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5 Common Reasons for Neck Pain That Won’t Go Away

5-Common-Reasons-for-Persistent-Neck-Pain

Neck pain is a common complaint among Americans. It tat is often caused by poor posture, sedentary lifestyle, and various injuries. Everyone experiences pain in the neck at some point in their lives. Fortunately, neck pain rarely contributes to serious health issues. But it doesn't mean you can ignore it. Let's look at the most common causes of neck pain.

1. Strained neck muscle or tendon

A strain occurs in the neck for various reasons. You could be spending too much time sitting in the wrong position or sleeping with your neck at an unusual angle. A strain can even occur due to a simple movement. Many people think that a strain is the result of intense physical activity, but it can actually be an injury after normal physical activity.

Treatment options for a strained neck usually include resting the neck and placing ice on the area for 15 to 20 minutes every two-three hours. This problem usually goes away within a few days or weeks. However, if you suspect your strain is severe and the above remedies don't help, you should visit your health care provider as soon as possible.

2. Worn down joints

Worn down joints are one of the most common complaints of elderly people. Over time, our joints tend to wear down. This problem is known as osteoarthritis that leads to the degeneration of cartilage.

Healthy and young cartilage is able to properly absorb shock as you move. When cartilage wears down, your bones start to rub together leading to pain in the neck and inability to move the neck properly.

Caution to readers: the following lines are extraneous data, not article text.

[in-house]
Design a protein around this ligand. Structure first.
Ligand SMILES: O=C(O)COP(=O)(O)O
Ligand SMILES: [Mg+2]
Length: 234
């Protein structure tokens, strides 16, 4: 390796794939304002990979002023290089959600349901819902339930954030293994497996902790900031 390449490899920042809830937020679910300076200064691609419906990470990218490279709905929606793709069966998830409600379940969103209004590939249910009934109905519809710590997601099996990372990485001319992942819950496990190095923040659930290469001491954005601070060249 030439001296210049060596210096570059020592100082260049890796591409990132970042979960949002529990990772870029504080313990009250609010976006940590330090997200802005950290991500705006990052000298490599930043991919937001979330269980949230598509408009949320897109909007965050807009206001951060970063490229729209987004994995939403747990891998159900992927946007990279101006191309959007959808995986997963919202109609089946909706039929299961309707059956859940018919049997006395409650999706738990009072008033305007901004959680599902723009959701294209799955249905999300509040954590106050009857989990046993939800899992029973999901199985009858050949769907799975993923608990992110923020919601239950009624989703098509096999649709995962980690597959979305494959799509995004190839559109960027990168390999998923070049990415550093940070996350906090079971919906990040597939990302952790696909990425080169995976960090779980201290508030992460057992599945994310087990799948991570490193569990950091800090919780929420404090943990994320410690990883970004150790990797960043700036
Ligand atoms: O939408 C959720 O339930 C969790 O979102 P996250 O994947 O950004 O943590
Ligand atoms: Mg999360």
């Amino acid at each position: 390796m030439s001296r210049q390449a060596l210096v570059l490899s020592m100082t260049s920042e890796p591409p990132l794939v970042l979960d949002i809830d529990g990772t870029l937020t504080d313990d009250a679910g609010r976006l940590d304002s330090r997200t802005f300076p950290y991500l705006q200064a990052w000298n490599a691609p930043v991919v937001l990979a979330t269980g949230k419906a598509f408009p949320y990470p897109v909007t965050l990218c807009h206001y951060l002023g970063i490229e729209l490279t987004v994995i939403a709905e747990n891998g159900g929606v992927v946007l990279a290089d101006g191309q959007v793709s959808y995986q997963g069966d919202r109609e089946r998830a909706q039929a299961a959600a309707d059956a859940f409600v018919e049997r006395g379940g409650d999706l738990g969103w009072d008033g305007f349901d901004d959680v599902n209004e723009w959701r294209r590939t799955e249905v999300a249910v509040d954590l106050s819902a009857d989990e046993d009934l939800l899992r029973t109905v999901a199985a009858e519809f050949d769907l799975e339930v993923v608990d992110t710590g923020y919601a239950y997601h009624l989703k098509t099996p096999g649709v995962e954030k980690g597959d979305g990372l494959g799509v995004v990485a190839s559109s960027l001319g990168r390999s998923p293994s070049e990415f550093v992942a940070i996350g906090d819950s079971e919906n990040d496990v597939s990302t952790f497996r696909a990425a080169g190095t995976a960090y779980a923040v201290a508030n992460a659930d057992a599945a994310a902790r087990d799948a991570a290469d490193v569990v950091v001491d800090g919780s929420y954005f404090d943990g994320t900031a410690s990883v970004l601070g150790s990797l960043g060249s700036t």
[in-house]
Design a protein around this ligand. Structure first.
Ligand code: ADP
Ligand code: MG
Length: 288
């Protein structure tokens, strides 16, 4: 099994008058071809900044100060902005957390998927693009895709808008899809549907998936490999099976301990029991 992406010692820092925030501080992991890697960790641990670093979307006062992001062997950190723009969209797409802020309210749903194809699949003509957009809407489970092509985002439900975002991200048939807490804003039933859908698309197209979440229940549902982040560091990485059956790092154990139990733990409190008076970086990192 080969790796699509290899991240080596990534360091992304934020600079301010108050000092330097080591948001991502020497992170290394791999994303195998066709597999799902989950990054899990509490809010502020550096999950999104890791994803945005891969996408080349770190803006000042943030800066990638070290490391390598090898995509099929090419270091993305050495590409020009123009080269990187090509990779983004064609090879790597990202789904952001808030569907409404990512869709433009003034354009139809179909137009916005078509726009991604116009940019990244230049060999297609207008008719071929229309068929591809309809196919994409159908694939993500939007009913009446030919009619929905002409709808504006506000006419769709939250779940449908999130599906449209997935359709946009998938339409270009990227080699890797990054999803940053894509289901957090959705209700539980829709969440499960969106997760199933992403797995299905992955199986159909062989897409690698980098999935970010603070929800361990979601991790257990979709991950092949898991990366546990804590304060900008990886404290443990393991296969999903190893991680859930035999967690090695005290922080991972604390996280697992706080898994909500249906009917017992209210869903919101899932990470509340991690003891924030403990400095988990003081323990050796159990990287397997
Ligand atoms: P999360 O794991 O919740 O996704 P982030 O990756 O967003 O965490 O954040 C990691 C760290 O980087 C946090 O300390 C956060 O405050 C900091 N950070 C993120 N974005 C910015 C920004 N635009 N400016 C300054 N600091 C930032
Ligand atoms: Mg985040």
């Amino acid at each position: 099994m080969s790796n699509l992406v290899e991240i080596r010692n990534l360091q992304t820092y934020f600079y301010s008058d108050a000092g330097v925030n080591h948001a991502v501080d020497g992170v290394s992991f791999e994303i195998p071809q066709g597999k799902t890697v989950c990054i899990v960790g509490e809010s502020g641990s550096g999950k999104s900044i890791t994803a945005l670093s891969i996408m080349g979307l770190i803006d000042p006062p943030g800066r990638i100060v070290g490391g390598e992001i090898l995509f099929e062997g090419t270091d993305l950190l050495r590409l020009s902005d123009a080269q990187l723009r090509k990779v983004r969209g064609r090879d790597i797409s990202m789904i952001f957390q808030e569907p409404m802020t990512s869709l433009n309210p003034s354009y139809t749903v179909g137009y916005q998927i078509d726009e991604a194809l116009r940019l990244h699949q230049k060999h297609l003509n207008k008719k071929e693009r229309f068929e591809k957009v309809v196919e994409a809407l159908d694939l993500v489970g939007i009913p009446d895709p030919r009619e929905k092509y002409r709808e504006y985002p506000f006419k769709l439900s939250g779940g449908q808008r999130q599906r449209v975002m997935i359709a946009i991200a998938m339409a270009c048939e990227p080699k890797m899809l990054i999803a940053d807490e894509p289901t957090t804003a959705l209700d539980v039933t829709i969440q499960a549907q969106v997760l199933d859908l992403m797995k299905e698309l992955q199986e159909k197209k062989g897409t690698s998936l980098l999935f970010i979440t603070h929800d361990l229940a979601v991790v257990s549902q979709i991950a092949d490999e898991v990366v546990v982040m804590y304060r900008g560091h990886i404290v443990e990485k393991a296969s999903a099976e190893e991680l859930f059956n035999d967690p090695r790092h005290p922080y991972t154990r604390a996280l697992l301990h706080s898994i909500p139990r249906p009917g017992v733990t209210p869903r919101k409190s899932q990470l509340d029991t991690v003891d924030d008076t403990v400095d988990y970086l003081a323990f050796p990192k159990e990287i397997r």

It's impossible to reverse osteoarthritis. However, you can manage the condition and reduce your symptoms with lifestyle changes, for instance, physical therapy, and certain medications like NSAIDs. If these options don't work, your health care provider might recommend some chronic neck pain treatment options like cortisone injections that will help you relieve joint pain, injections of hyaluronic acid, or in a severe case, surgery.

3. Whiplash

Whiplash is a type of neck injury caused by a forceful and fast movement of the neck. Whiplash can be caused by car crashes, sports accidents, physical abuse, or other injuries.

Whiplash is usually accompanied by symptoms such as regular headaches, stiffness, fatigue, dizziness, blurred vision, difficulty concentrating, and pain in your neck, shoulders, upper back, or arms.

If you have a mild injury, whiplash can go away by resting, applying ice for up to 15 minutes multiple times a day, using over-the-counter pain drugs, and doing gentle stretches recommended by their doctor. However, if whiplash is severe it requires more intensive treatment options such as numbing injections, muscle relaxants, physical therapy, etc. That's why it's wise to see a doctor if you experience neck pain after any injury instead of trying to self-diagnose and treat your symptoms.

4. Pinched nerve

A pinched nerve is another common issue that occurs due to excessive pressure on a nerve caused by surrounding tissues, like bones, cartilage, muscles, or tendons. A compressed nerve is usually accompanied by shooting localized pain, tingling, and numbness.

In most cases, symptoms of a pinched nerve go away in a few days or weeks with the help of rest and nonsteroidal anti-inflammatory mediations. Physical therapy can also be effective at lessening the pain. In the most severe cases, you may need surgery.

5. Underlying conditions

Though it's much more likely that the cause of your neck pain is a simple strain or compressed nerve, disorders like meningitis, rheumatoid arthritis, and even cancer are possible. Neck pain is a common symptom of those conditions.

Rheumatoid arthritis is an autoimmune condition in which the immune system attacks joints leading to severe inflammation and pain potentially including the one in your neck.

Meningitis is an inflammatory disorder in which the membranes of the brain and spinal cord become inflamed. Neck pain is a very common symptom of this condition.

Cancer can make your neck ache in several ways depending on the type of cancer. Cancer that affects bones in the neck can cause bone pain in the cervical spine, as well as having a tumor in a neck can compress a nerve resulting in pain. 

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Thursday, 24 September 2020

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